De Beers reported that rough diamond sales volumes totalled 9.9 million carats (9.2 million carats on a consolidated basis) from three sales cycles, compared with 8.2 million carats (7.5 million carats on a consolidated basis) from the same number of sales cycles during the equivalent period in 2017.
Fourth quarter rough sales revenues increased year on year as the re-phased allocations of some lower value rough diamonds from Sight 7 (in September) were realized in Sights 9 and 10.
For the full year, rough diamond sales volumes were four percent lower at 33.7 million carats (31.6 million carats on a consolidated basis) compared with 35.1 million carats (33.1 million carats on a consolidated basis) in 2017. 2018 sales volumes were also lower than production, driven by lower demand for lower value rough diamonds in the second half of 2018.
The consolidated average realized the price of $171/ct was six percent higher (2017: $162/ct), due to a lower proportion of lower value rough diamonds sold in 2018.
2019 production guidance is 31 to 33 million carats, subject to trading conditions. The lower production is driven by the process of exiting from the Venetia open pit with the underground becoming the principal source of ore from 2023. Associated with this, an increased proportion of production in 2019 is expected to come from De Beers Group’s joint venture partners, a proportion of which only generate a trading margin, which is lower than the mining margin generated from own mined production.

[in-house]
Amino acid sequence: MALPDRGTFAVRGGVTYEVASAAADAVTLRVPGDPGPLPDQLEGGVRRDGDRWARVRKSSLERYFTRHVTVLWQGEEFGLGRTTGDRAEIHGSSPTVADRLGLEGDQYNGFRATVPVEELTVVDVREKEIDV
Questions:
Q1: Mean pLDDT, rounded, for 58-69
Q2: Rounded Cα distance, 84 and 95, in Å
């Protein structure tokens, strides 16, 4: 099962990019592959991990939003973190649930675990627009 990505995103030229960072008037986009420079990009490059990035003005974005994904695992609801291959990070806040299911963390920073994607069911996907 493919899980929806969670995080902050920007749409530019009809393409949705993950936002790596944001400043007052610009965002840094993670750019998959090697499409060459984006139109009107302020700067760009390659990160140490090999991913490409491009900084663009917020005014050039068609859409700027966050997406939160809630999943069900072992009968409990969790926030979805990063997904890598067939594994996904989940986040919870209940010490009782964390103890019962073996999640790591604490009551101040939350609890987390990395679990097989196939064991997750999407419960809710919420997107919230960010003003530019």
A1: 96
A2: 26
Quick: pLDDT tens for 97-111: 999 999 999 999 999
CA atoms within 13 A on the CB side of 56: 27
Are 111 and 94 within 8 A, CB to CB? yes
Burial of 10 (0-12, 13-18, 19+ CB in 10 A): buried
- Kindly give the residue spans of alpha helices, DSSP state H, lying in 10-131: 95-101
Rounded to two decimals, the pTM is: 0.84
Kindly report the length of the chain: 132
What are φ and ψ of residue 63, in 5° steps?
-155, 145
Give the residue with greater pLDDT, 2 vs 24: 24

Rough diamond production increased 12 percent to 9.1 million carats in the fourth quarter, bringing total production for 2018 to 35.3 million carats although this was in the lower half of the production guidance range of 35 to 36 million carats.
Production increased by 15 percent to 6.3 million carats in Botswana. Orapa mine production increased 20 percent to 3.6 million carats, driven by planned favourable grade and higher plant utilization, the miner said. Jwaneng production increased nine percent following an increase in tonnes treated.
In Namibia, production increased three percent to 505,000 carats, driven by the Mafuta crawler vessel at Debmarine Namibia spending fewer days in port. This was partly offset by the land operations following the transition of Elizabeth Bay to care and maintenance.
Meanwhile, in South Africa, production increased seven percent to 1.2 million carats as a result of planned higher grade ore at Venetia.
In Canada, output increased five percent to 1.0 million carats due to higher grades at Victor as it reaches the end of its life. This was partially offset by planned lower grades at Gahcho Kué.